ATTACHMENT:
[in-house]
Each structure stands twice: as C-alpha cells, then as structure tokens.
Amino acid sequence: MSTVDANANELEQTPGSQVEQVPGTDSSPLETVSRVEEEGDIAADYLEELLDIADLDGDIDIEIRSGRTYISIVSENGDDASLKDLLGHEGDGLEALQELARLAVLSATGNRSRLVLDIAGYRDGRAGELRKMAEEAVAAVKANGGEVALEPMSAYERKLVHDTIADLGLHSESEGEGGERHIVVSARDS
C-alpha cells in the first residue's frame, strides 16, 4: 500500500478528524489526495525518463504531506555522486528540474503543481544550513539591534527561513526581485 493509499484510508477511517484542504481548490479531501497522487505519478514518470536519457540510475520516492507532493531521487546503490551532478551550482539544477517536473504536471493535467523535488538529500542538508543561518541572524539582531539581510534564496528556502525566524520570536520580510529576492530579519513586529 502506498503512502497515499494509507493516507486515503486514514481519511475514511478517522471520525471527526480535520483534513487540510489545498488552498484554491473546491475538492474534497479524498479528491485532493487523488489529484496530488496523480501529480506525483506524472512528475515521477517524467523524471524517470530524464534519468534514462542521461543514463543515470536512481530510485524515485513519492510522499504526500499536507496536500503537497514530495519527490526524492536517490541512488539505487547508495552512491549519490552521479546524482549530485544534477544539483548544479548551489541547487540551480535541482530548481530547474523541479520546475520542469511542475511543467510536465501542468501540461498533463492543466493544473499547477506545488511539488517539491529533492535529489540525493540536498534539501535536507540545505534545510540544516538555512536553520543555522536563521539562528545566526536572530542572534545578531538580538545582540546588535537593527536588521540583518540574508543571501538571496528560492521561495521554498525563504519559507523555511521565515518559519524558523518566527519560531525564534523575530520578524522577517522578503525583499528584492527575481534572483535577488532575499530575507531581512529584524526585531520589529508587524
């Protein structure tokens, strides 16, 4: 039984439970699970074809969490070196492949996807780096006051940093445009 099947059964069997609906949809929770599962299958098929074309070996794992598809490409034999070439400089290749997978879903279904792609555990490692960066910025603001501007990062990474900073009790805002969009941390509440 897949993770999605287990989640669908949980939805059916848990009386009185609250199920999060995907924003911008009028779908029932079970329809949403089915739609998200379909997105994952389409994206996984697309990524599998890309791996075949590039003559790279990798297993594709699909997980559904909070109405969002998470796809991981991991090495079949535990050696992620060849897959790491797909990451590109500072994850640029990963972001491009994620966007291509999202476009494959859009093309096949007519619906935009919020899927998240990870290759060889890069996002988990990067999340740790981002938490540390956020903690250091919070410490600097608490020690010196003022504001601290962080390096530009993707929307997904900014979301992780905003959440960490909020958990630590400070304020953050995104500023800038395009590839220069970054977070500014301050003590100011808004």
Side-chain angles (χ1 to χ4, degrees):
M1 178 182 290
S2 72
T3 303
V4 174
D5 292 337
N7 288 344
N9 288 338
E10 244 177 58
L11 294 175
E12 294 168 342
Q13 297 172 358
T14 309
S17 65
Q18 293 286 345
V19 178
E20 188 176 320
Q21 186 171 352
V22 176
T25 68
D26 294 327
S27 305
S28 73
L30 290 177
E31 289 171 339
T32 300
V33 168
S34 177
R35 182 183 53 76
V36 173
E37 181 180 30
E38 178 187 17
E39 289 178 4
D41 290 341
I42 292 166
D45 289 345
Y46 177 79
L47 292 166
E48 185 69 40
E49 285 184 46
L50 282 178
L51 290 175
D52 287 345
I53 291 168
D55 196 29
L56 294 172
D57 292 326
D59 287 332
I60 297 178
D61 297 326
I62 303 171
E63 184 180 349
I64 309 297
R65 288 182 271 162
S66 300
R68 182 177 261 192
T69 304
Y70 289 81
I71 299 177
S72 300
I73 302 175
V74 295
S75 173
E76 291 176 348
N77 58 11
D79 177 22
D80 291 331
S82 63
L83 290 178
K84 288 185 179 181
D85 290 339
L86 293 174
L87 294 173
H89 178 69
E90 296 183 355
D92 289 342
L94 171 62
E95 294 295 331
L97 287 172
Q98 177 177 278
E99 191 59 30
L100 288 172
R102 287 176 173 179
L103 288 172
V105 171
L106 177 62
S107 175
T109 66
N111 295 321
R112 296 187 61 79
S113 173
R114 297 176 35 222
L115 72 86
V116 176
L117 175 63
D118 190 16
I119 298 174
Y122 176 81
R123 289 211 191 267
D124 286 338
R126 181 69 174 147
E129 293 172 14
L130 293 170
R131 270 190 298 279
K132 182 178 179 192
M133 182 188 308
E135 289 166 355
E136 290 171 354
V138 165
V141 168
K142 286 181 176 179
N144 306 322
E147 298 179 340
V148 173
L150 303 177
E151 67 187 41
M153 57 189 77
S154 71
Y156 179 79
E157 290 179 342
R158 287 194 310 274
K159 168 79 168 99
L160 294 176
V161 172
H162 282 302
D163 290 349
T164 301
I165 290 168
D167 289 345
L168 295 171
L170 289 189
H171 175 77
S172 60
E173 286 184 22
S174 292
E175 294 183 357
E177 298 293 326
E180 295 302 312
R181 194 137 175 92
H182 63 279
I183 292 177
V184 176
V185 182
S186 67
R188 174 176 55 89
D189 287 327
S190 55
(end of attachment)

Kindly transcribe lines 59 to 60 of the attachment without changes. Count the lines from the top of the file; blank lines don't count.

R65 288 182 271 162
S66 300